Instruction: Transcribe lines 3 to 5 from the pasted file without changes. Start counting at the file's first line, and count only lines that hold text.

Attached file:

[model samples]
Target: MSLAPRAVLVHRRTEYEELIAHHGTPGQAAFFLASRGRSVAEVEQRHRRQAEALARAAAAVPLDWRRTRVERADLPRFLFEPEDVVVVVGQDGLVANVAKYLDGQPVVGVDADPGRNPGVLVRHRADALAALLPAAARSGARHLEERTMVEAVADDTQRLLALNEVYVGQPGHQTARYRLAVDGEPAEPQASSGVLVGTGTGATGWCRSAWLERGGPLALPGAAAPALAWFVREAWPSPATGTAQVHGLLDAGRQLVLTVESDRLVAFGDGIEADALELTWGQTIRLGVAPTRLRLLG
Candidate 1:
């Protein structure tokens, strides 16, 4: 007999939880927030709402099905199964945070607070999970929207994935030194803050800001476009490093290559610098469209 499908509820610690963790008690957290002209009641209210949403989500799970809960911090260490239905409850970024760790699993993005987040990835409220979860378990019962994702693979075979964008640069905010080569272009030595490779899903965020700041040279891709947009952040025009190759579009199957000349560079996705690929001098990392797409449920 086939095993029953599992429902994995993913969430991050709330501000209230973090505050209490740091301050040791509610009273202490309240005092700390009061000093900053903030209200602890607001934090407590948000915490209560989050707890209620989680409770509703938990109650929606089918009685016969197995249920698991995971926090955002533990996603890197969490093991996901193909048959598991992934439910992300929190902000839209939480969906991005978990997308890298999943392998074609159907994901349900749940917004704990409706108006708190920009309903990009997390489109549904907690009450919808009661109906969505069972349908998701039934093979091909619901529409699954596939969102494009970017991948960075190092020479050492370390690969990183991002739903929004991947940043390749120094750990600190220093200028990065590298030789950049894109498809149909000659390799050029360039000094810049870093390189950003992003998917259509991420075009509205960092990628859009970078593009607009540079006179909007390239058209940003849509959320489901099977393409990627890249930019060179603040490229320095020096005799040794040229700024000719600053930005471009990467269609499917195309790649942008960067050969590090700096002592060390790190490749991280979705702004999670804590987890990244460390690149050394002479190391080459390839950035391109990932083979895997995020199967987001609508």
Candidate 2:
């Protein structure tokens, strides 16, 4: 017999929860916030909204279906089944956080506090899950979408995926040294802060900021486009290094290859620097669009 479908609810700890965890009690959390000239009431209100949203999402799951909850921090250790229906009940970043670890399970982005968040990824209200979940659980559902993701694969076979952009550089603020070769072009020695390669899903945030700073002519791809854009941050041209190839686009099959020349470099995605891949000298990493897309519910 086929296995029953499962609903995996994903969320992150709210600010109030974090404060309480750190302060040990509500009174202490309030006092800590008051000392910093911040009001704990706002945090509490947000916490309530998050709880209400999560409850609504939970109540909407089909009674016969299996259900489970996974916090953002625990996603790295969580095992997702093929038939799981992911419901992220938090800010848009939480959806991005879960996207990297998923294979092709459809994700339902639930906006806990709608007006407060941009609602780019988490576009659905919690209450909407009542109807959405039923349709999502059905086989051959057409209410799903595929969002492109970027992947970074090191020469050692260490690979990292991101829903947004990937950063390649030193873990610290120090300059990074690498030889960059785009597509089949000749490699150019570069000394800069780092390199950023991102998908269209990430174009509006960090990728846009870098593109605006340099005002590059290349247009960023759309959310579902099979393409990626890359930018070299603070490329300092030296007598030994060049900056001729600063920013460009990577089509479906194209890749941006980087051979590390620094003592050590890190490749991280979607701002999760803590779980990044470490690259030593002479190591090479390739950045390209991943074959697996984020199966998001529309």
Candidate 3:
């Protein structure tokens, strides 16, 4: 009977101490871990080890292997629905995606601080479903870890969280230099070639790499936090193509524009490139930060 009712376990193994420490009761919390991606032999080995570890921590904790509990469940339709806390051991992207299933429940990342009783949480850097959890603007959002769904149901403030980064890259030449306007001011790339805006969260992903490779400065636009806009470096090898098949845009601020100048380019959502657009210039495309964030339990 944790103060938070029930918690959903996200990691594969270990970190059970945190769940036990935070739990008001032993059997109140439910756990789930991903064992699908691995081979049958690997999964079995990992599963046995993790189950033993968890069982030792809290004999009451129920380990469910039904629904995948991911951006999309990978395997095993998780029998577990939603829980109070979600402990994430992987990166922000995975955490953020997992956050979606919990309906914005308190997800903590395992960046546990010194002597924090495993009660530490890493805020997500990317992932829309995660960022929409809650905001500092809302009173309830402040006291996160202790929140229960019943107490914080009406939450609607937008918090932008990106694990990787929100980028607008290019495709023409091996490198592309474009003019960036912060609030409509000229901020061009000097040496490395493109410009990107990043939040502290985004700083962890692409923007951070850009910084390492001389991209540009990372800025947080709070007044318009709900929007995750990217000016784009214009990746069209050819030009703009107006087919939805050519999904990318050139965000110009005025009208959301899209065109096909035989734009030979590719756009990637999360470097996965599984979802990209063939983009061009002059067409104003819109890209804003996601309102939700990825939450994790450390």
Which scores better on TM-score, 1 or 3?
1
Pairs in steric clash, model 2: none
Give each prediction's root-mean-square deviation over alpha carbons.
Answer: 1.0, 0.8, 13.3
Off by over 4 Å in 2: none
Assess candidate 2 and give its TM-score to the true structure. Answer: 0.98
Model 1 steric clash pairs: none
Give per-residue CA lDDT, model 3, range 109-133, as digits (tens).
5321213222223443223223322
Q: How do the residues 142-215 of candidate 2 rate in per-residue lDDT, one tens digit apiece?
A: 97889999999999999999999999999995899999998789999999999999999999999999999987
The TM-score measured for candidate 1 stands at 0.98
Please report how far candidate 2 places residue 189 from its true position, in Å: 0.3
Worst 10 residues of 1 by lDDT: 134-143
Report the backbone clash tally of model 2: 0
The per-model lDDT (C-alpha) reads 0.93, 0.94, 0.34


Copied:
Candidate 1:
């Protein structure tokens, strides 16, 4: 007999939880927030709402099905199964945070607070999970929207994935030194803050800001476009490093290559610098469209 499908509820610690963790008690957290002209009641209210949403989500799970809960911090260490239905409850970024760790699993993005987040990835409220979860378990019962994702693979075979964008640069905010080569272009030595490779899903965020700041040279891709947009952040025009190759579009199957000349560079996705690929001098990392797409449920 086939095993029953599992429902994995993913969430991050709330501000209230973090505050209490740091301050040791509610009273202490309240005092700390009061000093900053903030209200602890607001934090407590948000915490209560989050707890209620989680409770509703938990109650929606089918009685016969197995249920698991995971926090955002533990996603890197969490093991996901193909048959598991992934439910992300929190902000839209939480969906991005978990997308890298999943392998074609159907994901349900749940917004704990409706108006708190920009309903990009997390489109549904907690009450919808009661109906969505069972349908998701039934093979091909619901529409699954596939969102494009970017991948960075190092020479050492370390690969990183991002739903929004991947940043390749120094750990600190220093200028990065590298030789950049894109498809149909000659390799050029360039000094810049870093390189950003992003998917259509991420075009509205960092990628859009970078593009607009540079006179909007390239058209940003849509959320489901099977393409990627890249930019060179603040490229320095020096005799040794040229700024000719600053930005471009990467269609499917195309790649942008960067050969590090700096002592060390790190490749991280979705702004999670804590987890990244460390690149050394002479190391080459390839950035391109990932083979895997995020199967987001609508």
Candidate 2: